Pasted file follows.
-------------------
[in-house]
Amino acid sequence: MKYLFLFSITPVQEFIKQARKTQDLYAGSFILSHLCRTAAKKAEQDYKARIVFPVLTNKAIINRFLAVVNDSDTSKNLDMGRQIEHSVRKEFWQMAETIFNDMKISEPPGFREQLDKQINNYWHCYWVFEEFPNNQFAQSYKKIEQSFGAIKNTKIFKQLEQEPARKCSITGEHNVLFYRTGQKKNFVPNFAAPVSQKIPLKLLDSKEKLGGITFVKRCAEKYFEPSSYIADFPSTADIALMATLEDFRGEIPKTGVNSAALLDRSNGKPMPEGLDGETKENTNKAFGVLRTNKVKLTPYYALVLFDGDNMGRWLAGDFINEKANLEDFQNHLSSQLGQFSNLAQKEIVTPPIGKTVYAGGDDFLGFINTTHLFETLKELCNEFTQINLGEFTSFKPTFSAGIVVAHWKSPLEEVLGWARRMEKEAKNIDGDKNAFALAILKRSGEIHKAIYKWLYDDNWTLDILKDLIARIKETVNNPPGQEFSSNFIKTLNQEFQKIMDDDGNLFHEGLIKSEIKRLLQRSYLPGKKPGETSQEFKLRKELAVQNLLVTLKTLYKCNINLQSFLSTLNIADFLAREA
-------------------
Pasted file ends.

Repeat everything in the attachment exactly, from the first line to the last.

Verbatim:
[in-house]
Amino acid sequence: MKYLFLFSITPVQEFIKQARKTQDLYAGSFILSHLCRTAAKKAEQDYKARIVFPVLTNKAIINRFLAVVNDSDTSKNLDMGRQIEHSVRKEFWQMAETIFNDMKISEPPGFREQLDKQINNYWHCYWVFEEFPNNQFAQSYKKIEQSFGAIKNTKIFKQLEQEPARKCSITGEHNVLFYRTGQKKNFVPNFAAPVSQKIPLKLLDSKEKLGGITFVKRCAEKYFEPSSYIADFPSTADIALMATLEDFRGEIPKTGVNSAALLDRSNGKPMPEGLDGETKENTNKAFGVLRTNKVKLTPYYALVLFDGDNMGRWLAGDFINEKANLEDFQNHLSSQLGQFSNLAQKEIVTPPIGKTVYAGGDDFLGFINTTHLFETLKELCNEFTQINLGEFTSFKPTFSAGIVVAHWKSPLEEVLGWARRMEKEAKNIDGDKNAFALAILKRSGEIHKAIYKWLYDDNWTLDILKDLIARIKETVNNPPGQEFSSNFIKTLNQEFQKIMDDDGNLFHEGLIKSEIKRLLQRSYLPGKKPGETSQEFKLRKELAVQNLLVTLKTLYKCNINLQSFLSTLNIADFLAREA